Bloomfield City Council approves final budget
BLOOMFIELD — The city's annexation of 6,775 acres of land last year will not bring in as much revenue as was predicted, Brad Ellsworth, the finance director, told the City Council during a special work session Thursday night.
That is because the numbers were based on a study from the early 2000s that had not included a pipeline assessment, Ellsworth said.
The city's preliminary budget included $750,000 in revenue from the property taxes gained through the annexation. The final budget, which was approved Thursday, projects that the city will receive less than $300,000 from property taxes on the annexed land.
One of the reasons Bloomfield chose to annex the land was for the additional revenue from the property taxes. While the town will not receive the amount it initially thought it would, "we are getting additional revenue," Ellsworth said after the meeting.
The final budget also includes additional money from gross receipts taxes generated by new businesses that will be opening here this year. Ellsworth said he expects at least "a couple hundred thousand more" dollars in revenue from gross receipts taxes because of the new businesses.
The city has three main improvements projects planned for fiscal year 2016 — landscaping the medians on U.S. Highway 64, an energy retrofit of city buildings and the installation of fiber optic lines.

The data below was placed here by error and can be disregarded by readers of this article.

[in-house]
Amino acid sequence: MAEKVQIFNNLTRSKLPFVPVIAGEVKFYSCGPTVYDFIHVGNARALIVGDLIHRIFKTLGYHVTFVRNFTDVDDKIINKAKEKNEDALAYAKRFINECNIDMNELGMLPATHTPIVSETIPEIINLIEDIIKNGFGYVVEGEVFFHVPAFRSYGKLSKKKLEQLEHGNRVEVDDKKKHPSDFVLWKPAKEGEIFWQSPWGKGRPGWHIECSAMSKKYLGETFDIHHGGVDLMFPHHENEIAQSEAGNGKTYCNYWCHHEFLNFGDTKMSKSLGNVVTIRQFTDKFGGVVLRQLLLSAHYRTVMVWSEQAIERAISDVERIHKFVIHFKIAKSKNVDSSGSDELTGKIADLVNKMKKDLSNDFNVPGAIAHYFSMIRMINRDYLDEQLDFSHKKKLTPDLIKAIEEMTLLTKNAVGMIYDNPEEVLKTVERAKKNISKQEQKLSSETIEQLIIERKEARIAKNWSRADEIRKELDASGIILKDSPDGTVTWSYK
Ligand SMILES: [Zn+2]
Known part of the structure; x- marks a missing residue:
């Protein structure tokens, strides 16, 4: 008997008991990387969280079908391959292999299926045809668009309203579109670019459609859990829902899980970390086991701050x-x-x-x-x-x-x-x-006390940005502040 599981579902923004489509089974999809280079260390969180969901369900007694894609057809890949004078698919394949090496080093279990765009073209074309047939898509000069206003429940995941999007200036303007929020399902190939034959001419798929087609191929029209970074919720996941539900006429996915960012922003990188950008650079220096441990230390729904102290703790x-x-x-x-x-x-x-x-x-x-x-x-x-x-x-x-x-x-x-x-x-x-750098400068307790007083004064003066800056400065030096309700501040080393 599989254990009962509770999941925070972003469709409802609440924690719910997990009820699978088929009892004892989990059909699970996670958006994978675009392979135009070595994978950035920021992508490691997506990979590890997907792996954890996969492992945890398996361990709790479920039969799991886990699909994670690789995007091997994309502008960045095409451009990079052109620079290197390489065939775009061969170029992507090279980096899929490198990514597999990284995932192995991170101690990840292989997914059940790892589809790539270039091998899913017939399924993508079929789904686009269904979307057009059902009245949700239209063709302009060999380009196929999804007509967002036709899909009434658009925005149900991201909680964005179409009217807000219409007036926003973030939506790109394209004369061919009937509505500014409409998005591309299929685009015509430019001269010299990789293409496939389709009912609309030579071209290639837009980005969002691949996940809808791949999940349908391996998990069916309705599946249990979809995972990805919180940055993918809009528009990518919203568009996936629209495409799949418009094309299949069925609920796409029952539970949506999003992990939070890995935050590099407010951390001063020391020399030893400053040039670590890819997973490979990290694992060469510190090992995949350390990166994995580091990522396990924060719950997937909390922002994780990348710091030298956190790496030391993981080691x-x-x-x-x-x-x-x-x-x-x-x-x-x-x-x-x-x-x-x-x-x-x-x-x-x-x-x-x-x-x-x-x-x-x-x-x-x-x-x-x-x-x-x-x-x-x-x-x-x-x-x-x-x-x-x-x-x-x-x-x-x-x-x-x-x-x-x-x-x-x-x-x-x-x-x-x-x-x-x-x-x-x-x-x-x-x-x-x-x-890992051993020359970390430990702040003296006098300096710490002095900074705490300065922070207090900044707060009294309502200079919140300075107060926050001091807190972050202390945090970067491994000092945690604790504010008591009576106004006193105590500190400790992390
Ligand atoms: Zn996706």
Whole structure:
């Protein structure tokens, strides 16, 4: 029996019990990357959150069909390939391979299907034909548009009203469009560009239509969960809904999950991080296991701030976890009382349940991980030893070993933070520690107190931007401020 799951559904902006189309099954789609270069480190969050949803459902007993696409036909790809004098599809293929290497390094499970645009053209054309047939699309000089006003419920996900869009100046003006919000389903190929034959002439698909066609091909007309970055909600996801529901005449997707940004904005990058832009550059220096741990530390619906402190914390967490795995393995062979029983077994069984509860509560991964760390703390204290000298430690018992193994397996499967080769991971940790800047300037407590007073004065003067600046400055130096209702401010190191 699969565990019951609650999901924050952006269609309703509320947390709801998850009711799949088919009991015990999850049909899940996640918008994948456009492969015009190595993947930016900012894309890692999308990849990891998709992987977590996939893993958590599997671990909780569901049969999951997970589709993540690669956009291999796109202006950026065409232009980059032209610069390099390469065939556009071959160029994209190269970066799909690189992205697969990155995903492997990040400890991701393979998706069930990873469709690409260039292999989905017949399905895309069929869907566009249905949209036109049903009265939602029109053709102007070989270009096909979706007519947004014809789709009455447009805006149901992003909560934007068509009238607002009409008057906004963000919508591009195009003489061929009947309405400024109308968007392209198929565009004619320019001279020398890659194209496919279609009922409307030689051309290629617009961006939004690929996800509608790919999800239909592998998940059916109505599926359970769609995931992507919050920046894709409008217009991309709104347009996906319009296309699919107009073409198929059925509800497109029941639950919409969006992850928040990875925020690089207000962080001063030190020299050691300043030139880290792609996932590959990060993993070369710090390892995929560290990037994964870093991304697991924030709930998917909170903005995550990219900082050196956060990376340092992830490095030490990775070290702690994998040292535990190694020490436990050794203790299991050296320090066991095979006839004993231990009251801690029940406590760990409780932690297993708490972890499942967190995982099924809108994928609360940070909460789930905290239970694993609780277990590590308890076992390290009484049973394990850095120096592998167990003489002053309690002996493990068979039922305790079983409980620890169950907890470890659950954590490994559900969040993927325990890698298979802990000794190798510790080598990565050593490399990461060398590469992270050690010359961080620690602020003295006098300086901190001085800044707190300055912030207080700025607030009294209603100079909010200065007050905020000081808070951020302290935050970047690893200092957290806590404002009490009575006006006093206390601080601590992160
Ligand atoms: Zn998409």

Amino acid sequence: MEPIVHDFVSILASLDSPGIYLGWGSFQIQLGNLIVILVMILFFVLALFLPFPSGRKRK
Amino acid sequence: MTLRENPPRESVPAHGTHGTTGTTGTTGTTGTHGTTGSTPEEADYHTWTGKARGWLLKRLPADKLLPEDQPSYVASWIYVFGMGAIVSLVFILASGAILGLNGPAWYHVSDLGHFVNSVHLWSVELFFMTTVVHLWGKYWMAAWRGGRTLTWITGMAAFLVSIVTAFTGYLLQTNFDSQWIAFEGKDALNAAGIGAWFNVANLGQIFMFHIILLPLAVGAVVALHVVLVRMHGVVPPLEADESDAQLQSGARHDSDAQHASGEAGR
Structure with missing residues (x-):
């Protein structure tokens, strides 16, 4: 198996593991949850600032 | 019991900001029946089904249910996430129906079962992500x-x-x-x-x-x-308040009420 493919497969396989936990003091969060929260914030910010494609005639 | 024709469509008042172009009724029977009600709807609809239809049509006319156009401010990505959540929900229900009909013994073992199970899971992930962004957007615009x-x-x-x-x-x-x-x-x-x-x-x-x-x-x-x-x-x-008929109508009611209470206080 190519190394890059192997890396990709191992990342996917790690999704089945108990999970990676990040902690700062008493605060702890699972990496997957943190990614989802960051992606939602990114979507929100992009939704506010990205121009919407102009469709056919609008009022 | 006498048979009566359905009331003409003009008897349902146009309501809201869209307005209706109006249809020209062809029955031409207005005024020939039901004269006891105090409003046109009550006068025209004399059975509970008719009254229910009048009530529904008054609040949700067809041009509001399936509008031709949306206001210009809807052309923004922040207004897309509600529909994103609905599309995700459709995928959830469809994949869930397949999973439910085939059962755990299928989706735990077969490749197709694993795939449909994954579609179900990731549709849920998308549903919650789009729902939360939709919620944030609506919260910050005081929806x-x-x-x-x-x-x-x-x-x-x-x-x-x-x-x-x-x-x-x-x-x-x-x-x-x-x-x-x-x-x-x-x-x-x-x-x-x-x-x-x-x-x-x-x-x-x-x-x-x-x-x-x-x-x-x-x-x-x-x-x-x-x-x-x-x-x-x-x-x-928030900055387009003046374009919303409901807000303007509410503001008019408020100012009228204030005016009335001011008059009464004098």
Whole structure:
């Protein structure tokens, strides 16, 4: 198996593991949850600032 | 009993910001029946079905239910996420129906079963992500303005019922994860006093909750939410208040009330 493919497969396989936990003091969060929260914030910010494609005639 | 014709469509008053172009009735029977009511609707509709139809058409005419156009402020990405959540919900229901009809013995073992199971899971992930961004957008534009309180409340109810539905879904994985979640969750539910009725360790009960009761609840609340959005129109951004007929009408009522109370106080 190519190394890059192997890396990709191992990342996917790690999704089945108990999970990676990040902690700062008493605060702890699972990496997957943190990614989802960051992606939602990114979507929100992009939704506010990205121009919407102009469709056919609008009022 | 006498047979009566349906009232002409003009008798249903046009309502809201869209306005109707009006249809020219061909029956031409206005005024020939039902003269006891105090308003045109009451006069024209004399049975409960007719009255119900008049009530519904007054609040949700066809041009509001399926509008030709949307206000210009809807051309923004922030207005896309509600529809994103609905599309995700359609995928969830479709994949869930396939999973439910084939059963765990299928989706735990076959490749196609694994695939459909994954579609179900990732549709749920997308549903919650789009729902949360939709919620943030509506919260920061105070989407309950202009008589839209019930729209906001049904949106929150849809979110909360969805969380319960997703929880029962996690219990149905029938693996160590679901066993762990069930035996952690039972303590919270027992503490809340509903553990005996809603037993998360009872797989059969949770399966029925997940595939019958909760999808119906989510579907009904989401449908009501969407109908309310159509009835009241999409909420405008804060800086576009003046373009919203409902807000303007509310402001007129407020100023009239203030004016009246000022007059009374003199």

Councilors approved a loan to pay for the fiber optic lines during the Thursday work session.
The city hopes to use loan money left over from the U.S. Highway 64 utilities project to help pay for the landscaping of the medians. But city officials do not know how much they will have to pay the New Mexico Department of Transportation for the project.
Teresa Brevik, the city's special projects manager, told councilors that the transportation department could actually owe the city money or the city may owe the department money, based on figures from various sources.
City officials will meet with transportation officials in August to try to sort out how much the city owes. Until then, councilors approved the budget with a condition that the loan money will not be spent on capital projects until the city knows how much it has to pay the transportation department.